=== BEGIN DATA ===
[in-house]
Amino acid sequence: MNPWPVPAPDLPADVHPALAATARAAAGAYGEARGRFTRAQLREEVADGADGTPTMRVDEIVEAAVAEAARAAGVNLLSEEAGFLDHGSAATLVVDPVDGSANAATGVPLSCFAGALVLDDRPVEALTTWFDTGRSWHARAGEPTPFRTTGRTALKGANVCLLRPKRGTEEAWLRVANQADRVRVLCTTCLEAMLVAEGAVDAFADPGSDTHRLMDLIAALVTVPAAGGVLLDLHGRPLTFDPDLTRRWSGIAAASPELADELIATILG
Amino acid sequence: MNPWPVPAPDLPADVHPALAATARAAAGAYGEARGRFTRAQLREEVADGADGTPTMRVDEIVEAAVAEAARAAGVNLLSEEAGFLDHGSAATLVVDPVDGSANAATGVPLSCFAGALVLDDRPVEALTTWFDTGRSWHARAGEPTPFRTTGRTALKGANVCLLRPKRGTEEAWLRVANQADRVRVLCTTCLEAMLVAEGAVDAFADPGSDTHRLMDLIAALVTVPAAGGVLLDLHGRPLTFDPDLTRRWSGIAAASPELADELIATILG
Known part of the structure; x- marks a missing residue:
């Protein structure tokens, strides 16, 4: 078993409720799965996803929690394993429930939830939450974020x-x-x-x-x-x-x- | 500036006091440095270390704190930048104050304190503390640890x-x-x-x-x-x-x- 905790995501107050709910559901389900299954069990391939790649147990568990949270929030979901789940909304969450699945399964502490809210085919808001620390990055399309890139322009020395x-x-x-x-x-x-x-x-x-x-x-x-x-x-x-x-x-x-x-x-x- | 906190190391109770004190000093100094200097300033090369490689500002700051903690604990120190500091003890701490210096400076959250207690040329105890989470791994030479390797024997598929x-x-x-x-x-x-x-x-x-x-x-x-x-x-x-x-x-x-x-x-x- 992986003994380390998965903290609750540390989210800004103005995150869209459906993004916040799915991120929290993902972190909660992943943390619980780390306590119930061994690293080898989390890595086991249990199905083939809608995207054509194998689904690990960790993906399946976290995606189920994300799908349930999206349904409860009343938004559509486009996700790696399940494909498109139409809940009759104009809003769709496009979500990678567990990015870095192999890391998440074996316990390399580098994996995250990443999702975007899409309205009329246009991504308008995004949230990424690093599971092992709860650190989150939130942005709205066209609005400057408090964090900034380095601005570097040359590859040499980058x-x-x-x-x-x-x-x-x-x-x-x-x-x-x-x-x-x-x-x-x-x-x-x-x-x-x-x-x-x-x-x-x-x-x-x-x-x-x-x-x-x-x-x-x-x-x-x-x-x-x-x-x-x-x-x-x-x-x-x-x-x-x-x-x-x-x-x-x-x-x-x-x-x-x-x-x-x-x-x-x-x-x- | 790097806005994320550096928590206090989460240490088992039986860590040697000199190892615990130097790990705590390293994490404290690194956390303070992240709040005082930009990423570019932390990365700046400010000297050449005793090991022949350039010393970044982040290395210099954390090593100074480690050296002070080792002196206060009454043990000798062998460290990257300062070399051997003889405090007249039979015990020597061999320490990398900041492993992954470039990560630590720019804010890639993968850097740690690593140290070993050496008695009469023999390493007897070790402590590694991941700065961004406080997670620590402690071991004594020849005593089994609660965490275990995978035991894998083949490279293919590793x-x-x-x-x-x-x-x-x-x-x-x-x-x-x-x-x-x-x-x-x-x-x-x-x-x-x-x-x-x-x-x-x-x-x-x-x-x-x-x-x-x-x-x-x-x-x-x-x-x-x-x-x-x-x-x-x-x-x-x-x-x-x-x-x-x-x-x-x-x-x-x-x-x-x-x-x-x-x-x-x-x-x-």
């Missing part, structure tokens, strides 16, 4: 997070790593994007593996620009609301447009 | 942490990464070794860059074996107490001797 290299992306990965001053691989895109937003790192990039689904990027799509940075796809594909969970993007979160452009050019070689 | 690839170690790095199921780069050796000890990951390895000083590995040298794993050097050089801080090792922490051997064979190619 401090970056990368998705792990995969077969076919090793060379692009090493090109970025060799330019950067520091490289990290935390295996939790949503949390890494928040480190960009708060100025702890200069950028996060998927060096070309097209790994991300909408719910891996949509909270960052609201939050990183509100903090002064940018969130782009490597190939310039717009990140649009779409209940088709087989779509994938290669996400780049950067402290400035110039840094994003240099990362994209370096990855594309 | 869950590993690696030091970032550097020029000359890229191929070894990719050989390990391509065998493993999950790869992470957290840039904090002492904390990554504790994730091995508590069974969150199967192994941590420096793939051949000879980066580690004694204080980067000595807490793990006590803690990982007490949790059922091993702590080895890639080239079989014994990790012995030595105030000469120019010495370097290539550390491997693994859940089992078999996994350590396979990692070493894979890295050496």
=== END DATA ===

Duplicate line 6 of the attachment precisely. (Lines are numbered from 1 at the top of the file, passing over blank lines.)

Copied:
């Missing part, structure tokens, strides 16, 4: 997070790593994007593996620009609301447009 | 942490990464070794860059074996107490001797 290299992306990965001053691989895109937003790192990039689904990027799509940075796809594909969970993007979160452009050019070689 | 690839170690790095199921780069050796000890990951390895000083590995040298794993050097050089801080090792922490051997064979190619 401090970056990368998705792990995969077969076919090793060379692009090493090109970025060799330019950067520091490289990290935390295996939790949503949390890494928040480190960009708060100025702890200069950028996060998927060096070309097209790994991300909408719910891996949509909270960052609201939050990183509100903090002064940018969130782009490597190939310039717009990140649009779409209940088709087989779509994938290669996400780049950067402290400035110039840094994003240099990362994209370096990855594309 | 869950590993690696030091970032550097020029000359890229191929070894990719050989390990391509065998493993999950790869992470957290840039904090002492904390990554504790994730091995508590069974969150199967192994941590420096793939051949000879980066580690004694204080980067000595807490793990006590803690990982007490949790059922091993702590080895890639080239079989014994990790012995030595105030000469120019010495370097290539550390491997693994859940089992078999996994350590396979990692070493894979890295050496």